Monthly Archives: October 2012

Passport to the Arts

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Last Saturday ArtsObispo sponsored Passport to the Arts for families. Designed to have children and their parents become involved in the arts in San Luis Obispo, California, the program directed them to various events downtown.

I was at the local library showing children how to fold various book forms and encouraging them to write and illustrate their own stories. I was delighted that a number of enthusiastic children and parents attended. We folded several accordion books forms and talked about where story ideas come from. I encouraged parents to immortalize their children’s stories by copying, self-publishing and other means. I hope the City and art community has another such event next year, and I encourage other cities to do the same. Beryl

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Another Use for Self-Publishing

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I have often used self-publishing on sites like Blurb.com to finalize my children’s books. Children’s books are very specialized. Writing a manuscript is a different experience from writing and designing the actual book. A children’s book has illustrations (I do my own), a particular format, definite page breaks, etc.  Using a self-publishing company with POD capabilities like Blurb, allows me to see how all these factors work together. I can see how the illustrations work with the text, whether or not I have 32 pages for a picture book, does the story follow logically, is the font size correct for the page size, how does the book look visually as well as how it reads, and do the illustrations print correctly in terms of color and saturation. Often, I will order a copy and see how it looks, and then I know what corrections are needed.   My current publisher, Oak Tree Press, uses my illustrations and book designs.  Even if I were to use a publisher that would hire an illustrator and editor, I think I would still go through this process. Basically, I want to see how my book might look in print.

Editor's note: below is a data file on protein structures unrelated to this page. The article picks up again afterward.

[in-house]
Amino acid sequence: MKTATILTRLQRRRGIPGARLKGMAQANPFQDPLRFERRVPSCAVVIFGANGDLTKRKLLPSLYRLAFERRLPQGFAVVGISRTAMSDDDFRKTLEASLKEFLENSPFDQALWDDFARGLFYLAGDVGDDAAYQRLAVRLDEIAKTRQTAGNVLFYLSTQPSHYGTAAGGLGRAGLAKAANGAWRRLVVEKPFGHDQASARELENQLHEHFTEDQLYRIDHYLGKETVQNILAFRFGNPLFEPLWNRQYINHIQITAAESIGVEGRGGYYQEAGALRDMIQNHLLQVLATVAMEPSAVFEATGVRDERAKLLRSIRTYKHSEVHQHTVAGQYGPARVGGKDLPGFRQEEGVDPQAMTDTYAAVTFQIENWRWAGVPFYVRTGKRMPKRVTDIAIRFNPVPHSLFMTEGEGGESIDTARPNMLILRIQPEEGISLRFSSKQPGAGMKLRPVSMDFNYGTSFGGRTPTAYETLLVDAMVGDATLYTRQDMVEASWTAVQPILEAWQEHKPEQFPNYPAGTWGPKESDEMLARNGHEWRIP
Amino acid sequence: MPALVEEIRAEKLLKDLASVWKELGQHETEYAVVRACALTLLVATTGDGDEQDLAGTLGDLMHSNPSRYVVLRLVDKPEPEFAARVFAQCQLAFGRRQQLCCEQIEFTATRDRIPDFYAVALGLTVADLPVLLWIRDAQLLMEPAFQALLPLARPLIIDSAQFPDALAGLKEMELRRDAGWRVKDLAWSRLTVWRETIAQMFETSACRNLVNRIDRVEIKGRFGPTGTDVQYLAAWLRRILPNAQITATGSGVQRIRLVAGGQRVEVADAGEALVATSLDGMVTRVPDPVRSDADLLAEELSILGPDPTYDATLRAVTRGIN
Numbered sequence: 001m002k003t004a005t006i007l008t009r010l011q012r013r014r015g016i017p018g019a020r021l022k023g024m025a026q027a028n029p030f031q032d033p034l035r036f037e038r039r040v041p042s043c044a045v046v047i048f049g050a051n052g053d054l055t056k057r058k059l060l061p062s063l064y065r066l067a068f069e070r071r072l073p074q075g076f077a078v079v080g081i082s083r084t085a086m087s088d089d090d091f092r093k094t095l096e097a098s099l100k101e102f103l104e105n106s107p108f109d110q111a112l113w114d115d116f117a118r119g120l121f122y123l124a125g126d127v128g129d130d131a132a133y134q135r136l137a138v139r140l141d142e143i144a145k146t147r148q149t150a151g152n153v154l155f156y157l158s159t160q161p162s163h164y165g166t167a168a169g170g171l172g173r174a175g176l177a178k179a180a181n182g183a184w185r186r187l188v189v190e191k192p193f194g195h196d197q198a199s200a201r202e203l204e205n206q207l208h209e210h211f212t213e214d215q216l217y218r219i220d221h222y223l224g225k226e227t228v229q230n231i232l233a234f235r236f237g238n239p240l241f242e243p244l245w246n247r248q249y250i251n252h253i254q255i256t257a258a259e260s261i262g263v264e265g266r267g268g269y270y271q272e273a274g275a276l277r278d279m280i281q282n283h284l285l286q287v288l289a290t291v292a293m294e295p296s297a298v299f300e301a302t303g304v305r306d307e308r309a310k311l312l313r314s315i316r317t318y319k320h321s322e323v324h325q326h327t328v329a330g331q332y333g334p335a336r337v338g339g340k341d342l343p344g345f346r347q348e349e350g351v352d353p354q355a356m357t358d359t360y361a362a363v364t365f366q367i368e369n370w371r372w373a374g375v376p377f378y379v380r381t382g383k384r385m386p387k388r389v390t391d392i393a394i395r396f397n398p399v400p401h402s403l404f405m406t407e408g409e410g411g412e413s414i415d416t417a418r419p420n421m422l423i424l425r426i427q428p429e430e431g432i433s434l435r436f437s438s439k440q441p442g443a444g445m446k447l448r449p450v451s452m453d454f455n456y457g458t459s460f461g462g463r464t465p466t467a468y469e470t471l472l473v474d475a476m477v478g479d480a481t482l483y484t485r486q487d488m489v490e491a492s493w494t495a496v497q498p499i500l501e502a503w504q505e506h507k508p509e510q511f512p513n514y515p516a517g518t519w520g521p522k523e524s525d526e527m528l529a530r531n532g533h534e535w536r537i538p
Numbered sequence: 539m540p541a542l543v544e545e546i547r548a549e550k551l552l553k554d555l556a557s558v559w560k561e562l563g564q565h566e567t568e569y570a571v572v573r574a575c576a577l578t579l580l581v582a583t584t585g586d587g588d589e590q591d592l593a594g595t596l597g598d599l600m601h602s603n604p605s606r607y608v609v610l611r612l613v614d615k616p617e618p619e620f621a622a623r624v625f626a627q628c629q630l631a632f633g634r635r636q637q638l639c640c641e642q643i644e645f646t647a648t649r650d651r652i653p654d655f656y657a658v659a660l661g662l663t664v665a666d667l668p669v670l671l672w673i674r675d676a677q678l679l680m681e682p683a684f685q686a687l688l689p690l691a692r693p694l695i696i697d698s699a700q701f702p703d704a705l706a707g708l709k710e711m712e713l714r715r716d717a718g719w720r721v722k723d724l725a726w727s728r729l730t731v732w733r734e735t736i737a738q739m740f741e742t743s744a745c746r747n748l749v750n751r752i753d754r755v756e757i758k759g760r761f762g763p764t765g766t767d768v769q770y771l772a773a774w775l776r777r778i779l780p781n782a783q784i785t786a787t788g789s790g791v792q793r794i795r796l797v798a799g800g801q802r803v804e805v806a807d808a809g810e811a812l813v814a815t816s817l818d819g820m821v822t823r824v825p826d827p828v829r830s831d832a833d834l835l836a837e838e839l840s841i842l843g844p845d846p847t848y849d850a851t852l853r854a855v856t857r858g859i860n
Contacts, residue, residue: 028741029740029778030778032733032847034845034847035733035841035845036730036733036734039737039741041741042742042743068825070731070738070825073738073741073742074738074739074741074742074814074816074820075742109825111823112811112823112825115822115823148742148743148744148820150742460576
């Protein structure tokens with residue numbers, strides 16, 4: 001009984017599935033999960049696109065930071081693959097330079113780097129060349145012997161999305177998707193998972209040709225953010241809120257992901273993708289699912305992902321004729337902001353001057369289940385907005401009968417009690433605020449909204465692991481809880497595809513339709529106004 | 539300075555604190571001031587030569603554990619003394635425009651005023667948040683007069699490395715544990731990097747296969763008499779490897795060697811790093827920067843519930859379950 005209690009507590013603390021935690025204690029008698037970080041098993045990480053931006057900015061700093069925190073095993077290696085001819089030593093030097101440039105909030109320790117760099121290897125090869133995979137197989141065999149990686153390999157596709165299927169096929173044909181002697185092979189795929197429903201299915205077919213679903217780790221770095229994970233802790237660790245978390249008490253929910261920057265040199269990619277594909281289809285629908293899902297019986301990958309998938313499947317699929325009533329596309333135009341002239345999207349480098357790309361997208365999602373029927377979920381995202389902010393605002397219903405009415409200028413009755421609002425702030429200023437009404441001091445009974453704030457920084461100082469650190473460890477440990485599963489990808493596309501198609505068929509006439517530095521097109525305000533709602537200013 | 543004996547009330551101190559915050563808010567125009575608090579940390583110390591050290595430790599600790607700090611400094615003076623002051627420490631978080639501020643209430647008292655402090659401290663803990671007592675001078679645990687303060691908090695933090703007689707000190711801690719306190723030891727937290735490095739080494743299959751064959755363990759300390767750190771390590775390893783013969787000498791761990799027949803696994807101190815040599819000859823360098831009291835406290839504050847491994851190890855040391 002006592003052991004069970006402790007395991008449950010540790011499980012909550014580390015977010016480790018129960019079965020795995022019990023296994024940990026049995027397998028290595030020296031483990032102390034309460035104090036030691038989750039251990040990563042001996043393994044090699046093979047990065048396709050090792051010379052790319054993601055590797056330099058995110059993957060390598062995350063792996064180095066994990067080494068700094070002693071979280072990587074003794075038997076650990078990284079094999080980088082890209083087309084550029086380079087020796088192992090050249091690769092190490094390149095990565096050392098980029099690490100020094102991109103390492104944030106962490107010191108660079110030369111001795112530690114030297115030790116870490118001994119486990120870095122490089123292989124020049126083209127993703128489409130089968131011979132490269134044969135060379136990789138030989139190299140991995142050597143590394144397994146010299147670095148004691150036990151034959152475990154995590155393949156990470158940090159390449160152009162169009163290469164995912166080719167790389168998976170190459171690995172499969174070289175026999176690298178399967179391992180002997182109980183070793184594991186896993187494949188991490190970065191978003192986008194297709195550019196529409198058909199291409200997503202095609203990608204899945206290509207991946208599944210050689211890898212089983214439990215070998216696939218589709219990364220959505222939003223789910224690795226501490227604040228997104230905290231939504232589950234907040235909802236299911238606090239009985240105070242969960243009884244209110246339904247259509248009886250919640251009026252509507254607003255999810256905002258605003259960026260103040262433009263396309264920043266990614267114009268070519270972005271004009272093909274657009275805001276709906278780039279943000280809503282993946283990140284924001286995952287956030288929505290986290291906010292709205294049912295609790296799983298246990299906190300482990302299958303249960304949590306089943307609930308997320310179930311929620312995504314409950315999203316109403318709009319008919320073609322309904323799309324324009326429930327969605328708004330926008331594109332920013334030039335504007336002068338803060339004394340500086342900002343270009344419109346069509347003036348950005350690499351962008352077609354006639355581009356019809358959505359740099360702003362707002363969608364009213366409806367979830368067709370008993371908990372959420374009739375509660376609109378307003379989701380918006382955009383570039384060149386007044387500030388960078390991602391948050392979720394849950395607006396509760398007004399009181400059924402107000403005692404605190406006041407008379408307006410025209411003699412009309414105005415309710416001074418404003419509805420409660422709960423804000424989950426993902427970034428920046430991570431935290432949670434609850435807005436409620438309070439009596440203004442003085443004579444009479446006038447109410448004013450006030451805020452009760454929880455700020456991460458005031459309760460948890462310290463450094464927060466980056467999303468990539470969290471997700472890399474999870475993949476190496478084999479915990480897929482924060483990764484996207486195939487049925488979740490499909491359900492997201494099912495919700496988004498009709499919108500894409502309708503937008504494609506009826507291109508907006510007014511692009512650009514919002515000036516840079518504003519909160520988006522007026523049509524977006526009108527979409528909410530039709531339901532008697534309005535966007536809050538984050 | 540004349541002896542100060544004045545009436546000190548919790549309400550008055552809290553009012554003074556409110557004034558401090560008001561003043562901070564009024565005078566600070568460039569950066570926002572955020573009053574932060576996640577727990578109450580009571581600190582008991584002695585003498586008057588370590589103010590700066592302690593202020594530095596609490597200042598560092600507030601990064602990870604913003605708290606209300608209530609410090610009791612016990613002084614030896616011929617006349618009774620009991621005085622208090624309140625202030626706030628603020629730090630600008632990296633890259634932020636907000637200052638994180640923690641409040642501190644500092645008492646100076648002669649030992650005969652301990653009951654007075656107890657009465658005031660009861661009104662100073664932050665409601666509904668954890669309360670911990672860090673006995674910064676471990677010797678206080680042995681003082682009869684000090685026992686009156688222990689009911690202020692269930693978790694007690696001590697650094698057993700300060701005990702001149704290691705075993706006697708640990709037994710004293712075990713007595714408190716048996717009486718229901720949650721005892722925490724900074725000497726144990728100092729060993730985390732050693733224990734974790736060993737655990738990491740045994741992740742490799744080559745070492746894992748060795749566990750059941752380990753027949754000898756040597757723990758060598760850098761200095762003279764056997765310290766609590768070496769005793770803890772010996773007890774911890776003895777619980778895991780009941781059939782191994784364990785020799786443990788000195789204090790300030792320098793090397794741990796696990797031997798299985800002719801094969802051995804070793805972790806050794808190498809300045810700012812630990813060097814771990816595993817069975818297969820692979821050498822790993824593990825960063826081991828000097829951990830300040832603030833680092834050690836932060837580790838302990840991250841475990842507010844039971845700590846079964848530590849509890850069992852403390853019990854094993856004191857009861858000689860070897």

Fun at a Book Signing

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When I do a book signing or other author event, I usually take some art supplies along to demonstrate book folding techniques. Children in particular are willing to try making a folded form and sometimes write or draw in their book as well. This gives the adults time to look at my books and hopefully buy one or take a brochure. I truly enjoy working with the children. They are so delighted to learn something new.

Last Saturday, one 10 year old girl spent a half of hour with me, folding her book, drawing and writing a story. She decided on a Halloween theme and called her book, “Candy Bat,” an appropriate title. She used my small, stuffed bat I had on display as a sample for her drawings. Whenever, she became stuck with her story, I helped her by asking questions like, “And then what happened?” or “Do you want to use dialogue?”  I did sell a few books, but the best time I had was teaching book folding to young children.